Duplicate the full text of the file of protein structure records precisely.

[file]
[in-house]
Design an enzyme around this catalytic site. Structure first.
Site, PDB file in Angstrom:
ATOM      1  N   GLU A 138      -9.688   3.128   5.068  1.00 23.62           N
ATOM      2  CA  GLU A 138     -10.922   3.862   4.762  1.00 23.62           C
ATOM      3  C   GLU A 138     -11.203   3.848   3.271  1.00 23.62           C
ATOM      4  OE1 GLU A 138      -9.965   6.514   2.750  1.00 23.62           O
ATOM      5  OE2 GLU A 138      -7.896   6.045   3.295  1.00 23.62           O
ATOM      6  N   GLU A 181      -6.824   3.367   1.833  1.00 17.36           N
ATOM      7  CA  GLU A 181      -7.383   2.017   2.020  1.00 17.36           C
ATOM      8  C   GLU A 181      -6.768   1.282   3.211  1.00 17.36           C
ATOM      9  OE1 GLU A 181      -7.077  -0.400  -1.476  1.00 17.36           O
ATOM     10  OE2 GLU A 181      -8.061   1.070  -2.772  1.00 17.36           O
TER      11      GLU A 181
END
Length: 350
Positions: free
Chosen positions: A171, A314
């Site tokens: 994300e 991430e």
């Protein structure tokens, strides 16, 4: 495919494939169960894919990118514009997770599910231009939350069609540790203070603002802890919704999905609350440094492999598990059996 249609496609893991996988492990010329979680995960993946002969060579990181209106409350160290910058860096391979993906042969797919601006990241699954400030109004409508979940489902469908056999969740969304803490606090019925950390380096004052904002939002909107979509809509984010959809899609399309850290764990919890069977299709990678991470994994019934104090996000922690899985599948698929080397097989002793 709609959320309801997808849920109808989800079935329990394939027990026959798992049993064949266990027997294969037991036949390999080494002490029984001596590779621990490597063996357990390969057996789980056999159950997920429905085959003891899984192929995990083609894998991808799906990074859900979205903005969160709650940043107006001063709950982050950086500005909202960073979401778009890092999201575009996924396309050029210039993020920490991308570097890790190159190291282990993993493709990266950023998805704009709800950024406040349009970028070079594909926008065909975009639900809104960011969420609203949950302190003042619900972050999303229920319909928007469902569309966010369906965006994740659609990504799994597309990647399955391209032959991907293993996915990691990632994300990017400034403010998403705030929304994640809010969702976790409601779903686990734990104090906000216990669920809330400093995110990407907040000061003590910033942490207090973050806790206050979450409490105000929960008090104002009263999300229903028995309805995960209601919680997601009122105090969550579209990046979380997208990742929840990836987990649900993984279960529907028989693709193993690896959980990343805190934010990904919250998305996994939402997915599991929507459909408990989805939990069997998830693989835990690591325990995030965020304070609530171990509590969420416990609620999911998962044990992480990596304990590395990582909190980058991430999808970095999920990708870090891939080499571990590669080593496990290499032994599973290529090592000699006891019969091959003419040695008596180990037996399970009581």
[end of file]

[in-house]
Design an enzyme around this catalytic site. Structure first.
Site, PDB file in Angstrom:
ATOM      1  N   GLU A 138      -9.688   3.128   5.068  1.00 23.62           N
ATOM      2  CA  GLU A 138     -10.922   3.862   4.762  1.00 23.62           C
ATOM      3  C   GLU A 138     -11.203   3.848   3.271  1.00 23.62           C
ATOM      4  OE1 GLU A 138      -9.965   6.514   2.750  1.00 23.62           O
ATOM      5  OE2 GLU A 138      -7.896   6.045   3.295  1.00 23.62           O
ATOM      6  N   GLU A 181      -6.824   3.367   1.833  1.00 17.36           N
ATOM      7  CA  GLU A 181      -7.383   2.017   2.020  1.00 17.36           C
ATOM      8  C   GLU A 181      -6.768   1.282   3.211  1.00 17.36           C
ATOM      9  OE1 GLU A 181      -7.077  -0.400  -1.476  1.00 17.36           O
ATOM     10  OE2 GLU A 181      -8.061   1.070  -2.772  1.00 17.36           O
TER      11      GLU A 181
END
Length: 350
Positions: free
Chosen positions: A171, A314
């Site tokens: 994300e 991430e």
């Protein structure tokens, strides 16, 4: 495919494939169960894919990118514009997770599910231009939350069609540790203070603002802890919704999905609350440094492999598990059996 249609496609893991996988492990010329979680995960993946002969060579990181209106409350160290910058860096391979993906042969797919601006990241699954400030109004409508979940489902469908056999969740969304803490606090019925950390380096004052904002939002909107979509809509984010959809899609399309850290764990919890069977299709990678991470994994019934104090996000922690899985599948698929080397097989002793 709609959320309801997808849920109808989800079935329990394939027990026959798992049993064949266990027997294969037991036949390999080494002490029984001596590779621990490597063996357990390969057996789980056999159950997920429905085959003891899984192929995990083609894998991808799906990074859900979205903005969160709650940043107006001063709950982050950086500005909202960073979401778009890092999201575009996924396309050029210039993020920490991308570097890790190159190291282990993993493709990266950023998805704009709800950024406040349009970028070079594909926008065909975009639900809104960011969420609203949950302190003042619900972050999303229920319909928007469902569309966010369906965006994740659609990504799994597309990647399955391209032959991907293993996915990691990632994300990017400034403010998403705030929304994640809010969702976790409601779903686990734990104090906000216990669920809330400093995110990407907040000061003590910033942490207090973050806790206050979450409490105000929960008090104002009263999300229903028995309805995960209601919680997601009122105090969550579209990046979380997208990742929840990836987990649900993984279960529907028989693709193993690896959980990343805190934010990904919250998305996994939402997915599991929507459909408990989805939990069997998830693989835990690591325990995030965020304070609530171990509590969420416990609620999911998962044990992480990596304990590395990582909190980058991430999808970095999920990708870090891939080499571990590669080593496990290499032994599973290529090592000699006891019969091959003419040695008596180990037996399970009581």